Ilocos Region (Region 1)
Rihiyon na Sagor na Baybay na Luzon (Region at the Northwest Coast of Luzon)
Ilocos Region (Region 1)
Ilocos Region (Filipino: Kailokusan; Ilokano: Rehion ti Ilocos or Deppaar ti Ilocos; Pangasinan: Rihiyon na Sagor na Baybay na Luzon (Region at the Northwest Coast of Luzon)) is a Region of the Philippines, designated as Region I. It is located in the northwest of Luzon, bordering to the east the regions of the Cordillera Administrative Region and Cagayan Valley and to the south the region of Central Luzon. To the northwest is the South China Sea.
The region is composed of four provinces, namely: Ilocos Norte, Ilocos Sur, La Union and Pangasinan. Its regional center is San Fernando City, La Union. Ilocano speakers compose 66% of the region, Pangasinan speakers are 27%, and Tagalog compose 3%
Region I occupies the narrow plain between the Cordillera Central mountain range and the South China Sea. It also occupies the northern portion of the Central Luzon plain, to the north-east of the Zambales Mountains.
Lingayen Gulf is the most notable body of water in the region and it contains a number of islands, including the Hundred Islands National Park. To the north of the region is Luzon Strait.
The Agno river runs through Pangasinan and empties into the Lingayen Gulf. The river flow into a broad delta in the vicinity of Lingayen and Dagupan...
The Ilocos provinces of the Ilocos Region is the historical homeland of the Ilocanos including Former Philippine President Ferdinand Marcos. The Ilocanos compose 66% of the region, the Pangasinan people compose 27%, and the Tagalogs compose 3%.
Pangasinan is the historical homeland of the Pangasinenses including Former Philippine President Fidel Ramos. The population of Pangasinan comprises approximately 60% of the total population of the region. The Pangasinenses presently constitute around 50% of the population of the province. The Ilocanos were not originally inhabitants of Pangasinan. They started migrating to Pangasinan in the 19th century. Pangasinan was formerly a province of Region III (Central Luzon), but President Marcos signed Presidential Decree No. 1, 1972, incorporating it into Region I. Minority groups include the Tinggian and Isneg communities that inhabit the foothills of the Cordillera mountains.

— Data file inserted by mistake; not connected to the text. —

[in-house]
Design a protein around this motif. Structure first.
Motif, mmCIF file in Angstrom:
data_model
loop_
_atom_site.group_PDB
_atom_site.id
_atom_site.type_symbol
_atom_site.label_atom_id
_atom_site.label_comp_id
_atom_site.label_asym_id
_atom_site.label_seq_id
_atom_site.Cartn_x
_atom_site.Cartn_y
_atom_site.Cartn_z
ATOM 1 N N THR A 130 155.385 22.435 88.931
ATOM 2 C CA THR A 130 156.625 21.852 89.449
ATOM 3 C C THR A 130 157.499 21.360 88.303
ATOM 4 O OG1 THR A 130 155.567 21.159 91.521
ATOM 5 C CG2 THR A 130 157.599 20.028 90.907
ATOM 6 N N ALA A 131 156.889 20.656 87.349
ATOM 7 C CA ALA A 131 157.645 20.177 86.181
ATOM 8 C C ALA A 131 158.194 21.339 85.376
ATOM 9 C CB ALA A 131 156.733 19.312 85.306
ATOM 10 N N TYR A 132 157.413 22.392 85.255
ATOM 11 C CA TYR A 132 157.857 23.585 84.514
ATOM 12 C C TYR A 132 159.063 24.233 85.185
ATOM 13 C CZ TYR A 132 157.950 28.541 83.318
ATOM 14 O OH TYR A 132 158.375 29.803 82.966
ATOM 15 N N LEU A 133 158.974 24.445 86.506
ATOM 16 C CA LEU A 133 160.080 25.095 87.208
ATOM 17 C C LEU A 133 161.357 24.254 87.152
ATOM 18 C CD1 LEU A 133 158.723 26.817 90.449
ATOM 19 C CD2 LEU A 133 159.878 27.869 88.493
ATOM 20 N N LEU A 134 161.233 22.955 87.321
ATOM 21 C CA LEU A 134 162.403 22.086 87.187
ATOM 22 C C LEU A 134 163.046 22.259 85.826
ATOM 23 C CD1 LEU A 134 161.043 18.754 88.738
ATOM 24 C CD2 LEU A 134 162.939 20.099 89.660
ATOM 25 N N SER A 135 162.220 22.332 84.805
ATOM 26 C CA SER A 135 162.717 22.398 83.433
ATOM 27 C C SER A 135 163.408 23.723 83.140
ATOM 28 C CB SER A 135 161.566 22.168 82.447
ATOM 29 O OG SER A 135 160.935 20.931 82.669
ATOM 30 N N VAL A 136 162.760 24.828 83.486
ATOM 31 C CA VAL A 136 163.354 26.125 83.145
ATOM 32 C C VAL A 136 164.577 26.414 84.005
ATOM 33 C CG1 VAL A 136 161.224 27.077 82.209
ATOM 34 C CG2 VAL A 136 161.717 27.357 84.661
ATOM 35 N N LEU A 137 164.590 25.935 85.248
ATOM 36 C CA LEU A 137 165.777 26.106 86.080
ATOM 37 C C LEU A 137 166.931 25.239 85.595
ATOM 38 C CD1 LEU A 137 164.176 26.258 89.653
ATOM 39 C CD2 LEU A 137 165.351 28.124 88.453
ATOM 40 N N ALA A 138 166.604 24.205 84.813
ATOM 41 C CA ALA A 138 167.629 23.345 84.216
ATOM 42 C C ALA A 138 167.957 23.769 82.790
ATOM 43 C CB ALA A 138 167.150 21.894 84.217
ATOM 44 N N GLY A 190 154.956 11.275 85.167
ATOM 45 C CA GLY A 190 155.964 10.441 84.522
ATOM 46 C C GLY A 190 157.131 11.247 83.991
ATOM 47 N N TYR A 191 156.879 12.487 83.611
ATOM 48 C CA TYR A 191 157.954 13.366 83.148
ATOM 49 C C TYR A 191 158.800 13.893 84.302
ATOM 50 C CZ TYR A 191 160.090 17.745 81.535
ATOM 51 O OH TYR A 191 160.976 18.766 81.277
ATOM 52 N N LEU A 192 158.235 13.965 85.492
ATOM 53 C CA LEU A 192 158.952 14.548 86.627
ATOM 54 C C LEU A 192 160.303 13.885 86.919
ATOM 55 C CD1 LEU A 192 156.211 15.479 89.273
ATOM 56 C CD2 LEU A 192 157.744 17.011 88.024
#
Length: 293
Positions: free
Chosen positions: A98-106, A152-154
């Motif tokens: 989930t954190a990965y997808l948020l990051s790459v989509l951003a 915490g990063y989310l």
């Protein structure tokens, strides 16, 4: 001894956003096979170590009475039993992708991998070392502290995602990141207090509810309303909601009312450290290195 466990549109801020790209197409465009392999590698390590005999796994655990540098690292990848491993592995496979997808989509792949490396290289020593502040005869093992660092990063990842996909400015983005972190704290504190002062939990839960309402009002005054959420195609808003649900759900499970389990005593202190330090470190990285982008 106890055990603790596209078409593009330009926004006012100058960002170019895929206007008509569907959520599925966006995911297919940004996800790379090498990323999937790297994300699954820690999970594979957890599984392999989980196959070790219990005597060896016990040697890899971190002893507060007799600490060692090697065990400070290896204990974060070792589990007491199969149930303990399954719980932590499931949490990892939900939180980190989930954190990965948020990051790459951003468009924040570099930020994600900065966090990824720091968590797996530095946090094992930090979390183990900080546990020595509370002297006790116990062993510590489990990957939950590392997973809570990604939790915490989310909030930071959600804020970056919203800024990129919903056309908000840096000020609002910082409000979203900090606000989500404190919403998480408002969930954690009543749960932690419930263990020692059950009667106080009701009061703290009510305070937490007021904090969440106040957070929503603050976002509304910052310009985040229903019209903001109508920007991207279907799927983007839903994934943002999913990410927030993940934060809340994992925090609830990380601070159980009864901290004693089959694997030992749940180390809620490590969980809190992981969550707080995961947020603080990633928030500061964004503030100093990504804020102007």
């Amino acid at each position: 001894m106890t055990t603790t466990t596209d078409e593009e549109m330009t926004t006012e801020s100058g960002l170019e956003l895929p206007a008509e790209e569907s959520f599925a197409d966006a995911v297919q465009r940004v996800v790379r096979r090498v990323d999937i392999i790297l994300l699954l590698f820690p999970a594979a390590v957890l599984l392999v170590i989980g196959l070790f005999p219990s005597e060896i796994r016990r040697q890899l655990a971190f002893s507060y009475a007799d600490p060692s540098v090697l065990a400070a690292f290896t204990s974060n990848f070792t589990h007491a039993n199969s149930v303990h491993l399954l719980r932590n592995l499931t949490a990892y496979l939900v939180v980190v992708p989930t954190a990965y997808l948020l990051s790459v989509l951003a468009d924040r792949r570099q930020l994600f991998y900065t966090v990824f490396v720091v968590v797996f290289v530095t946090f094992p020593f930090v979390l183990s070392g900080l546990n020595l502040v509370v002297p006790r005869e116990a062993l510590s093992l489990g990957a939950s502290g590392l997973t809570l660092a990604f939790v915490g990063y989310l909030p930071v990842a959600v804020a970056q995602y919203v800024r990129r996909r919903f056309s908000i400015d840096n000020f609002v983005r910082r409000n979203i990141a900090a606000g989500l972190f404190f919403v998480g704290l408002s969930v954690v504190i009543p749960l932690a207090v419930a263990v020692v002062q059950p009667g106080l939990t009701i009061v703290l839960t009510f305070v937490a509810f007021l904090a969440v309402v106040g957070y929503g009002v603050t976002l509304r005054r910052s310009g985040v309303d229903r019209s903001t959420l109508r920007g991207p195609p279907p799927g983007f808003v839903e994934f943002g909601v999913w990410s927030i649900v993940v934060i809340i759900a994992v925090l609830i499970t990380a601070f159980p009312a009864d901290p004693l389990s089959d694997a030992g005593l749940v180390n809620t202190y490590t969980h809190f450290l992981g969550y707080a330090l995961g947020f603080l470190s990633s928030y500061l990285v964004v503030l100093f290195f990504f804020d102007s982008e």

The population is predominantly Roman Catholic with strong adherents of Protestantism such as the Aglipayan denomination further north of the country. There are also adherents to other Christian denominations, such as Iglesia ni Cristo, Mormons, and the like. There is also an undercurrent of traditional animistic beliefs especially in rural areas. The small mercantile Chinese and Indian communities are primarily Buddhists, Taoists, and Hindus
People who dont travel cannot have a global view, all they see is whats in front of them. Those people cannot accept new things because all they know is where they live. Martin Yan
Northern Philippine Cuisine
For festive occasions, people band together and prepare more sophisticated dishes. Tables are often laden with expensive and labor-intensive treats requiring hours of preparation. In Filipino celebrations, lechón (also spelled litson) serves as the centerpiece of the dinner table. It is usually a whole roasted pig, but suckling pigs (lechonillo, or lechon de leche) or cattle calves (lechong baka) can also be prepared in place of the popular adult pig.
More details at Northern Philippine Cuisine
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